Tuesday, August 12, 2014

No Man Is An Island

I never wanted to be fake, to be a poser, to put on different masks for different crowds. I never said I loved the Back Street Boys because I only had one album and hadn't ever mailed in to join the fan club. Months after having listened to Jason Mraz religiously I still didn't claim he was my favorite artist. To me, to declare something/someone as your favorite would negate knowing more about them/it than the average person on the street. I found a poster for sale on Mraz's website and wanted it. But I stopped my 7th grade self from running to dad asking him to order it for me. 

I didn't know enough about him yet. I wasn't really a fan of Jason Mraz. Not yet.

And that's why I look like an uber fan, being able to tell you where he's from, how he got into the music business, what this song was written about, his brother's name, etc. Because according to the unspoken rule I'd always lived by, I couldn't truthfully declare myself a fan until I knew as much as possible. So while my improv troupe pokes fun at my "obsession," I reside with the knowledge that I'm a true, sincere fan.

Which is why mourning posts on Facebook bother me. I understand the reasoning behind it; Robin Williams was indeed an excellent man, bringing characters to life in the greatest way possible. But I have a hard time believing the 18 year old on my newsfeed with keep true to her declaration that he will "always be one of [her] favorite actors." It's easy to forget, especially in this modern world of high speed internet and smart phones. Remember all the hub-bub about Michael Jackson's death? Remember how the world was shaken, how an incredible artist was gone too soon, how everyone started listening to his music and covering his songs and releasing full magazines containing every article they'd ever published of him.

Remember when his five year death anniversary happened?

You don't?

I didn't either. Until I was in line at the Walmart and noticed a reprint of the MJ-only People's Magazine.

And then I thought "That's right. It's June. That's right, he's been gone a few years now."

I took art classes in junior high, convinced I'd become the world's best artist. Newsflash, I'm not. But on several instances in those classes we would study world renowned artists, and in most occasions we'd watch a docudrama about their lives, the moral of every story being sometimes though the work you produce is incredible, people won't realize it until you're gone.

This of course being time passes after their death and someone realizes the quality of the work and exposes it to the world and then they become a classic that is lauded for their innovation and creativity and studied in art classes through the ages.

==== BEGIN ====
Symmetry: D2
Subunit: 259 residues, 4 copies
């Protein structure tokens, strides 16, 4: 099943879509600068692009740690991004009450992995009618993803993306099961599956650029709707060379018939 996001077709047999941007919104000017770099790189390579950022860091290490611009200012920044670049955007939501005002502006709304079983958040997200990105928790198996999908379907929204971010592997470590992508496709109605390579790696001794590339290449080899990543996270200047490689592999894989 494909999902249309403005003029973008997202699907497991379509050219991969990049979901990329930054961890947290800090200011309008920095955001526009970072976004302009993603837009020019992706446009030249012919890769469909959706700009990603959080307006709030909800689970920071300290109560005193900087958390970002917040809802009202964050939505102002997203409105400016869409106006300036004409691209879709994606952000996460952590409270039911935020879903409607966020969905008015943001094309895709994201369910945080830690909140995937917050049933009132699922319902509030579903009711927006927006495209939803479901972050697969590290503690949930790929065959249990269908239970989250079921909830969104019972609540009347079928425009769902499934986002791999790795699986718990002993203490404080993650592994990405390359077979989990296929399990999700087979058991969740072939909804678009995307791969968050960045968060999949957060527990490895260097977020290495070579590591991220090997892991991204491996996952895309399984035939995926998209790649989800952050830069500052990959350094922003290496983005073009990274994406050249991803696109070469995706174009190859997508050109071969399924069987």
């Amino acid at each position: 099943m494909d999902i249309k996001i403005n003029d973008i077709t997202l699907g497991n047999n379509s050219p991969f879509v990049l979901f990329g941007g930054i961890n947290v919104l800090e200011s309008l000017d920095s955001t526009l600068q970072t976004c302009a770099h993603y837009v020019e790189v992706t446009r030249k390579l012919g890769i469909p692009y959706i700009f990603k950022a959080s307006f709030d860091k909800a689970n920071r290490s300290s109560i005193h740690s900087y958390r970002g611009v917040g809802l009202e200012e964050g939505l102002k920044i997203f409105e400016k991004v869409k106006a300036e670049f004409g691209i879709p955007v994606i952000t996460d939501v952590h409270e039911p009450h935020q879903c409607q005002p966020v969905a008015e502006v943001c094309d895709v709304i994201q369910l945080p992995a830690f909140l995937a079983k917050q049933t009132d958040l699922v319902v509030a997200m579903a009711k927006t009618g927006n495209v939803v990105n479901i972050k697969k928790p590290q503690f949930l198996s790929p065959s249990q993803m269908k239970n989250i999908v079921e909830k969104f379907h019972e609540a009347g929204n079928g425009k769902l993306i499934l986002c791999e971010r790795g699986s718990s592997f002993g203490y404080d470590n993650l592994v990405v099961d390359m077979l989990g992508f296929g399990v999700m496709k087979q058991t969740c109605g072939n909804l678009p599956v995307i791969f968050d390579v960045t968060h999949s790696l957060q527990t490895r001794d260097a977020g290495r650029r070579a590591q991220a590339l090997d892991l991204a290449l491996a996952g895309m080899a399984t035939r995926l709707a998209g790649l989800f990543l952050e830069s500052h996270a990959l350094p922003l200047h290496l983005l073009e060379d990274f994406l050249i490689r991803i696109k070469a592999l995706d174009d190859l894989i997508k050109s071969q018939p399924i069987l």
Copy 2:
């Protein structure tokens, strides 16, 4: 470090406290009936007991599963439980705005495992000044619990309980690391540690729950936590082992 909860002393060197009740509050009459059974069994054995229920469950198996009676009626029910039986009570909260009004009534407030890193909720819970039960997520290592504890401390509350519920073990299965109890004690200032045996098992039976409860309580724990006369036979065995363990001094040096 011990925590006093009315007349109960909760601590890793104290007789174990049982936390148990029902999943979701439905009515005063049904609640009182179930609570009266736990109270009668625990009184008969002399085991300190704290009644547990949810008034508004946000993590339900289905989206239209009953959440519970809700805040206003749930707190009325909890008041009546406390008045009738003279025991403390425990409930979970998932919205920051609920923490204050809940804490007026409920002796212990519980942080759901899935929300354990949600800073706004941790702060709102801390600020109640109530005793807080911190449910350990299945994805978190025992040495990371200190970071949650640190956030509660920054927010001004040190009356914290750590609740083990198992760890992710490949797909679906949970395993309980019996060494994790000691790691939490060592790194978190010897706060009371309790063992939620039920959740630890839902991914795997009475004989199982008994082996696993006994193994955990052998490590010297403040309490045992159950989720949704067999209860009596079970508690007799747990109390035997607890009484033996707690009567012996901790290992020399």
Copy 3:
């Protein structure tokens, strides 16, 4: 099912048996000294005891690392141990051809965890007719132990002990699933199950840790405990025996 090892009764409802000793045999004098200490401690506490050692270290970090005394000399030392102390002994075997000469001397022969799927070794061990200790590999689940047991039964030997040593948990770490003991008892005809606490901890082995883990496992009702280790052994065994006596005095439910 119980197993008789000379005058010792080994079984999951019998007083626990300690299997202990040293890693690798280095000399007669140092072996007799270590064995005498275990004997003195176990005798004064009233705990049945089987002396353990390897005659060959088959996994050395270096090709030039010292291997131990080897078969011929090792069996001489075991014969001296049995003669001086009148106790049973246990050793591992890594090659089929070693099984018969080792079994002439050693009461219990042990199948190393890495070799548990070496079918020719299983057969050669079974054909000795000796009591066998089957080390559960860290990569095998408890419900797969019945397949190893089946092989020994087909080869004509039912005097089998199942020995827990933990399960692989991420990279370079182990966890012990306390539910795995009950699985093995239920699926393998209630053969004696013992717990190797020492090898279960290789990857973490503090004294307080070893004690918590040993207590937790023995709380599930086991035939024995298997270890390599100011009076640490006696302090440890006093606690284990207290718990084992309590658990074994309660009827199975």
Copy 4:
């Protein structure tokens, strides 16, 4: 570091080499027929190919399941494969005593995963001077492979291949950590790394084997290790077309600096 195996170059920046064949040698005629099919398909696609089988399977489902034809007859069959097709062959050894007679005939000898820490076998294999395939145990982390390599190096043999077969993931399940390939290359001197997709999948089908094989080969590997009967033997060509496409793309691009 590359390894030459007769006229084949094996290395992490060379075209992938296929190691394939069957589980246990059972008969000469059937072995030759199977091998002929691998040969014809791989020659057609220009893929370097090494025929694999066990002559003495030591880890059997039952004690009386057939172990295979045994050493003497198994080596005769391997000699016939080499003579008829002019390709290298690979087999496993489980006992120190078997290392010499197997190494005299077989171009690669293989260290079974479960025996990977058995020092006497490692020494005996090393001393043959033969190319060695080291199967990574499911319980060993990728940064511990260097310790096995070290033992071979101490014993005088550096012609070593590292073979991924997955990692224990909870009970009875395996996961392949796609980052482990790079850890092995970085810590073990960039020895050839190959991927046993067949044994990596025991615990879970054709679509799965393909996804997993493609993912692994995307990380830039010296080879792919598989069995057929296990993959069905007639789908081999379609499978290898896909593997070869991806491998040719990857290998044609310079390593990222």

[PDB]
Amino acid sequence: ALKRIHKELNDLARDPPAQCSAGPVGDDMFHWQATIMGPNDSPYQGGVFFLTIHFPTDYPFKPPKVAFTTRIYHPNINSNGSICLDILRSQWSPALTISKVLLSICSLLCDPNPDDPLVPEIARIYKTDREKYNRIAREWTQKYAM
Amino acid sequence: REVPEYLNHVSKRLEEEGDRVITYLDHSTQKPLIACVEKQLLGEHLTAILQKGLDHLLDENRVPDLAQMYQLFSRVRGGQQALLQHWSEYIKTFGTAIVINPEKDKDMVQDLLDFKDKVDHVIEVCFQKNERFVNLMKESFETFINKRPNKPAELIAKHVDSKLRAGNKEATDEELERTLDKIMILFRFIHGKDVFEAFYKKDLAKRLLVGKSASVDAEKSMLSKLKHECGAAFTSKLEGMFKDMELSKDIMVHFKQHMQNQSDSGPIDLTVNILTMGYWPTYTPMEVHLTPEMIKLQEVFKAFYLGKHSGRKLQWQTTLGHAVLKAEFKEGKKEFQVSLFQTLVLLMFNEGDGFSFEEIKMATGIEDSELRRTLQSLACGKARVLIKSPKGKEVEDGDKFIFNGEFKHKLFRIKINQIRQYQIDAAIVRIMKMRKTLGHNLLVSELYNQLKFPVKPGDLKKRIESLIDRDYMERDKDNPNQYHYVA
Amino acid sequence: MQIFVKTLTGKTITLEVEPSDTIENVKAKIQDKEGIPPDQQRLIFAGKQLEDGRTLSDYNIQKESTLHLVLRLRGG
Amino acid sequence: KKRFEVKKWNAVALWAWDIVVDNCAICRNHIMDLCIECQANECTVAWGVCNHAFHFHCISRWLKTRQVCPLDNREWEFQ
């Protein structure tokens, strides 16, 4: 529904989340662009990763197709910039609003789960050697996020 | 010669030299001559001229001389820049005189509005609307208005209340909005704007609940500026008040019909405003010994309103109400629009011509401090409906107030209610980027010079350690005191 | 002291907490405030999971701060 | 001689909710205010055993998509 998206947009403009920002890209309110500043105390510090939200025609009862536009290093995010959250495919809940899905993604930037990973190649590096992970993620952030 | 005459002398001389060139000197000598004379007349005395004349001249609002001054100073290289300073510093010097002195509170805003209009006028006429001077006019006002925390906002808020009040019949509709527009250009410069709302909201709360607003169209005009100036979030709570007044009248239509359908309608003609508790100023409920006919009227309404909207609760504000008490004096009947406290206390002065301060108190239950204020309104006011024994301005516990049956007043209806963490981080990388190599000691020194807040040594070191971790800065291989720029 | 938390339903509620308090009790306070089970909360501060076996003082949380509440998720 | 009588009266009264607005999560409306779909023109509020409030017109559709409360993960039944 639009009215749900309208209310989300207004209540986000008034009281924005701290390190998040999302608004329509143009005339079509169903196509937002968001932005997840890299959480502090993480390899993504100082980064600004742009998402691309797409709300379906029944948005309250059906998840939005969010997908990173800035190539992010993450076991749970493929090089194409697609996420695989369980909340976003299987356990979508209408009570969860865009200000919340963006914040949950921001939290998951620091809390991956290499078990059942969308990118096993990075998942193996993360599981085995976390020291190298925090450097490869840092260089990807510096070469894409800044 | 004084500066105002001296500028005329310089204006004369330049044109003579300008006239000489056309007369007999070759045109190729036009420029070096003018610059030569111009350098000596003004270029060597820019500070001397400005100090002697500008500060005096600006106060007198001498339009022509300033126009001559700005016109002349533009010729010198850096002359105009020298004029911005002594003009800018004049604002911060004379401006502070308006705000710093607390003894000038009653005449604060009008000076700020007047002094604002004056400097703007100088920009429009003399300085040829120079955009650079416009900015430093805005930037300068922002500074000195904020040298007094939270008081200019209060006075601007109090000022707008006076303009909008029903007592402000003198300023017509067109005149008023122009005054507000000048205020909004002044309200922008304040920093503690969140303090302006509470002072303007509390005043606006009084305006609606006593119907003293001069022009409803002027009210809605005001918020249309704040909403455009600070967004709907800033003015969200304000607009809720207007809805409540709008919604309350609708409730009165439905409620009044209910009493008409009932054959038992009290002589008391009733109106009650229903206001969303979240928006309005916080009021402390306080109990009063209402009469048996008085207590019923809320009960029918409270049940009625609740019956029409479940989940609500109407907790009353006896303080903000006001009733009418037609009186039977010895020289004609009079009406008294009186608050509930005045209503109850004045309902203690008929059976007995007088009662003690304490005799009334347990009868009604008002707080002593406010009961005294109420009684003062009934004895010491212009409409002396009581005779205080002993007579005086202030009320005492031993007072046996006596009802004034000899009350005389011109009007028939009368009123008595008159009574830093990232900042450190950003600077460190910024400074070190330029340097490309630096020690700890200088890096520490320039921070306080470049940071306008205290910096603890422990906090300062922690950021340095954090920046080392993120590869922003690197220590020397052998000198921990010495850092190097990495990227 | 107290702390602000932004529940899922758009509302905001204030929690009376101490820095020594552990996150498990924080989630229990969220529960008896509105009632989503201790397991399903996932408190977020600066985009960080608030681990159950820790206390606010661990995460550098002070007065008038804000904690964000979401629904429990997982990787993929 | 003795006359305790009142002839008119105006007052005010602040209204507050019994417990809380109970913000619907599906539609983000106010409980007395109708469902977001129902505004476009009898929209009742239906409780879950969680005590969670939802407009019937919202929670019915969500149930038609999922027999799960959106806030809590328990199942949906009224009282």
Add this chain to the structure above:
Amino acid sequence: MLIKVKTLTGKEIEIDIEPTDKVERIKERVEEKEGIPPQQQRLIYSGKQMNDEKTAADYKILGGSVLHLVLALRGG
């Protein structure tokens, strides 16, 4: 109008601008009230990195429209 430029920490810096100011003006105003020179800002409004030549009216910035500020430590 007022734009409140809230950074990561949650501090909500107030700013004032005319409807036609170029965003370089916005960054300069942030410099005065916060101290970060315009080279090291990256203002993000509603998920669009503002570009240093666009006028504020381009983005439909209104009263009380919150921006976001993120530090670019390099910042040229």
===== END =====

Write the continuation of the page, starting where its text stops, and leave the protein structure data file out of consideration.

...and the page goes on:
Technology is doing the opposite now.

Robin Williams was found dead, and Facebook, like it did five years ago, exploded with well-wishing mourning statements from people touched by his work. I'm not being cynical, I assure you. Just two weeks ago I watched Jumanji and was struck with the reminder of how much I appreciated Robin Williams and his role in that movie, among others. But what I am saying is our attention spans are fleeting. I struggle to sit down with a book nowadays because I'm so used to the quick, easy read of mindless internet articles. I've grown accustomed to my two second attention span. And I think the rest of us have as well. 

Which is why the most fitting way to remember someone is post about it, maybe share a video it took us a minute to find on YouTube, and forget. 

And five years from now you'll be at a Walmart, and Robin Williams will be on the cover of a magazine near the bottom of the rack, pushed to the bottom by the latest Kardashian scandal, and you'll think "Oh yes. I remember when he died. It's been a while, I guess."

So I'm not declaring this death has wrecked me to my core, I'm sad, definitely. How could you not be? Will I buy all of his movies and think about him every day? No. I'll probably invest in Dead Poets Society because I frankly haven't seen that yet, and if his death is similar in anyway to Michael Jackson's it'll yeild a surplus of his movies suddenly stocking shelves so it shouldn't be hard to find. Robin Williams won't live on as the man who changed my life, who brought me comedy and taught me to laugh. But I'll be struck with appreciation each time I flick through TV channels and pause as Hook comes back from commercial break, I'll smile as my kids watch Aladdin in the other room, and I'll remember him -like I always have- when there's a surplus of mosquitoes or a news story about stampedes. I'll admire his opportunities and the fact that he was able and willing to share them with us; that he had a leg up on the artists of yore in that his legacy was in circulation before he was ever gone. 

But I'm not going to say I'm his biggest fan. 

It's not about me. 

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